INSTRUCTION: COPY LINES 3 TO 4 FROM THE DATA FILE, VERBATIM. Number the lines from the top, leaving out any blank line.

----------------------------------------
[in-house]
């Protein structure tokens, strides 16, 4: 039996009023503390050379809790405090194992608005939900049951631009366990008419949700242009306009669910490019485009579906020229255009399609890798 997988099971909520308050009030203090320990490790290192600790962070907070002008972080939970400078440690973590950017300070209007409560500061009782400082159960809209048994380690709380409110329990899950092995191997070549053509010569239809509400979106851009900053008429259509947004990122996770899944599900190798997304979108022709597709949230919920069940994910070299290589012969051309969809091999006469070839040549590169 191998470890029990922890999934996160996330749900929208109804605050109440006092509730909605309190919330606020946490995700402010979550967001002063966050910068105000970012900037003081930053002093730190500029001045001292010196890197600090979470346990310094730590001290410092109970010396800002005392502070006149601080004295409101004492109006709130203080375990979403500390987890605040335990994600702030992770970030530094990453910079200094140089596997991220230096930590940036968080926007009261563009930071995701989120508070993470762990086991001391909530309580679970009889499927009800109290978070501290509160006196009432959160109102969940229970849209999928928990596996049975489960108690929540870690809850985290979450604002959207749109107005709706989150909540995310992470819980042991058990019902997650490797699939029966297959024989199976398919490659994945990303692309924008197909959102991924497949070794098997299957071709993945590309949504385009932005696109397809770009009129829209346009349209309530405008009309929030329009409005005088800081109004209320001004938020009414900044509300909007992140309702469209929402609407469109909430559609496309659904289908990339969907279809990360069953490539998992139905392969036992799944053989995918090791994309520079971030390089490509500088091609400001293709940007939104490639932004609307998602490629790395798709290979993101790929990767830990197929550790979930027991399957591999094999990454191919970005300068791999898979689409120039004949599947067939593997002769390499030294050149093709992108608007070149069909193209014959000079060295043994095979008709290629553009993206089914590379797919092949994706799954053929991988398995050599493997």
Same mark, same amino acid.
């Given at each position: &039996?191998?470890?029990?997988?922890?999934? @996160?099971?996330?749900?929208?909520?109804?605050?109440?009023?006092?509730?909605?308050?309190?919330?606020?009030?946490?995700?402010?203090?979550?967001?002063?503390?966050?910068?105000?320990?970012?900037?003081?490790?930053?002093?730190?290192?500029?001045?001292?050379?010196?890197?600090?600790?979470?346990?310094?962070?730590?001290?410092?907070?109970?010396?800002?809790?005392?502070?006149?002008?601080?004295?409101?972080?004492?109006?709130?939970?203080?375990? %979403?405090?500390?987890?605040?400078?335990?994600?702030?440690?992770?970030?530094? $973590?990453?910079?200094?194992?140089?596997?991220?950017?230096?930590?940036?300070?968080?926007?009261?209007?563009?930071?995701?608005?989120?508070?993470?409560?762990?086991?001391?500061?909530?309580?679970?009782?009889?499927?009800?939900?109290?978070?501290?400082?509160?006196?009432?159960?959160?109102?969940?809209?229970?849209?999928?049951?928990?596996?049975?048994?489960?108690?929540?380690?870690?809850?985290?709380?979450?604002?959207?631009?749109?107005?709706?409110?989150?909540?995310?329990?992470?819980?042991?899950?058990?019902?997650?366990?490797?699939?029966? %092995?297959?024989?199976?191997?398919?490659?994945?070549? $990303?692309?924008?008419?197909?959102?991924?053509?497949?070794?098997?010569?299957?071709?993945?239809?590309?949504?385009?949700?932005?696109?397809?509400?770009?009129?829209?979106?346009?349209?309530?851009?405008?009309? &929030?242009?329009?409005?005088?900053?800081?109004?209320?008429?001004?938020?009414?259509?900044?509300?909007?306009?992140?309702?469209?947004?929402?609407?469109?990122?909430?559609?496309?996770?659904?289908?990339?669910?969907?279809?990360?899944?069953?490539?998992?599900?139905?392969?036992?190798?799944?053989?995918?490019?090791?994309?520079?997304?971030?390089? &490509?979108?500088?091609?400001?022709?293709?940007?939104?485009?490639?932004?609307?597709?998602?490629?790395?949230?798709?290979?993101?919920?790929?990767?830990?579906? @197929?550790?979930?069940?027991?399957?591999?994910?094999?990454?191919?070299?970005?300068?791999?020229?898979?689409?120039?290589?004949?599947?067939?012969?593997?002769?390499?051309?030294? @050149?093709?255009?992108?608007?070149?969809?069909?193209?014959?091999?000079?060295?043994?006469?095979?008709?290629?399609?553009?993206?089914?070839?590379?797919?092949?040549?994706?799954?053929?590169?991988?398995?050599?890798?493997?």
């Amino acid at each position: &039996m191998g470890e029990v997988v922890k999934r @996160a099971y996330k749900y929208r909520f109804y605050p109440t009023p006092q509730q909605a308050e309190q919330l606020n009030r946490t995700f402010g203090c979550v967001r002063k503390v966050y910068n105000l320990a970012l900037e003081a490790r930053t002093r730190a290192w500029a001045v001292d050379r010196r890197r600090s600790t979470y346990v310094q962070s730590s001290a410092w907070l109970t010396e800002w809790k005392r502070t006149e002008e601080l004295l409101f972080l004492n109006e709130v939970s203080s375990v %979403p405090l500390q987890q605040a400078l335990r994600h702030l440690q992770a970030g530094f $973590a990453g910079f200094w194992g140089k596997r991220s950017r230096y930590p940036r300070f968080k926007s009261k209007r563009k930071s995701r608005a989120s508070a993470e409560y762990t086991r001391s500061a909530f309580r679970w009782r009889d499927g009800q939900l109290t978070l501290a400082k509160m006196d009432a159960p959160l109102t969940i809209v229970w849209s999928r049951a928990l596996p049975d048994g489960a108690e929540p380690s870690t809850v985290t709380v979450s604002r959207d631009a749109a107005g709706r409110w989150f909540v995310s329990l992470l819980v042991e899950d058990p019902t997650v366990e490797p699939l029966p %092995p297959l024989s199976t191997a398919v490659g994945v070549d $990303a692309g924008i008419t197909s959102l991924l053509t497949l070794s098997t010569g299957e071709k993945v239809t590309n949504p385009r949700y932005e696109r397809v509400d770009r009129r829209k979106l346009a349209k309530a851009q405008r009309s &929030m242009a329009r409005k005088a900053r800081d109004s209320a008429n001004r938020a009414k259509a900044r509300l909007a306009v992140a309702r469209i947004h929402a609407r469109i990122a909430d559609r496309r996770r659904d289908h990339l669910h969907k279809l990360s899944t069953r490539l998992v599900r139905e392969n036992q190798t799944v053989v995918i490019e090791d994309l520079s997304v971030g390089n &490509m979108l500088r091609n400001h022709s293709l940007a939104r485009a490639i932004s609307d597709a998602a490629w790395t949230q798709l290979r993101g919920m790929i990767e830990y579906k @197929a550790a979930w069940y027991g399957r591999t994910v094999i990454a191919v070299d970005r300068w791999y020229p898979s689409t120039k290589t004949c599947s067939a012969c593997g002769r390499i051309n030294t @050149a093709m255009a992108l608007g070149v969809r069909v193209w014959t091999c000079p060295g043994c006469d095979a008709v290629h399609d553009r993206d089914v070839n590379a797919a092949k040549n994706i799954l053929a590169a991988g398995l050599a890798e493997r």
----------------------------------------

Same mark, same amino acid.
């Given at each position: &039996?191998?470890?029990?997988?922890?999934? @996160?099971?996330?749900?929208?909520?109804?605050?109440?009023?006092?509730?909605?308050?309190?919330?606020?009030?946490?995700?402010?203090?979550?967001?002063?503390?966050?910068?105000?320990?970012?900037?003081?490790?930053?002093?730190?290192?500029?001045?001292?050379?010196?890197?600090?600790?979470?346990?310094?962070?730590?001290?410092?907070?109970?010396?800002?809790?005392?502070?006149?002008?601080?004295?409101?972080?004492?109006?709130?939970?203080?375990? %979403?405090?500390?987890?605040?400078?335990?994600?702030?440690?992770?970030?530094? $973590?990453?910079?200094?194992?140089?596997?991220?950017?230096?930590?940036?300070?968080?926007?009261?209007?563009?930071?995701?608005?989120?508070?993470?409560?762990?086991?001391?500061?909530?309580?679970?009782?009889?499927?009800?939900?109290?978070?501290?400082?509160?006196?009432?159960?959160?109102?969940?809209?229970?849209?999928?049951?928990?596996?049975?048994?489960?108690?929540?380690?870690?809850?985290?709380?979450?604002?959207?631009?749109?107005?709706?409110?989150?909540?995310?329990?992470?819980?042991?899950?058990?019902?997650?366990?490797?699939?029966? %092995?297959?024989?199976?191997?398919?490659?994945?070549? $990303?692309?924008?008419?197909?959102?991924?053509?497949?070794?098997?010569?299957?071709?993945?239809?590309?949504?385009?949700?932005?696109?397809?509400?770009?009129?829209?979106?346009?349209?309530?851009?405008?009309? &929030?242009?329009?409005?005088?900053?800081?109004?209320?008429?001004?938020?009414?259509?900044?509300?909007?306009?992140?309702?469209?947004?929402?609407?469109?990122?909430?559609?496309?996770?659904?289908?990339?669910?969907?279809?990360?899944?069953?490539?998992?599900?139905?392969?036992?190798?799944?053989?995918?490019?090791?994309?520079?997304?971030?390089? &490509?979108?500088?091609?400001?022709?293709?940007?939104?485009?490639?932004?609307?597709?998602?490629?790395?949230?798709?290979?993101?919920?790929?990767?830990?579906? @197929?550790?979930?069940?027991?399957?591999?994910?094999?990454?191919?070299?970005?300068?791999?020229?898979?689409?120039?290589?004949?599947?067939?012969?593997?002769?390499?051309?030294? @050149?093709?255009?992108?608007?070149?969809?069909?193209?014959?091999?000079?060295?043994?006469?095979?008709?290629?399609?553009?993206?089914?070839?590379?797919?092949?040549?994706?799954?053929?590169?991988?398995?050599?890798?493997?």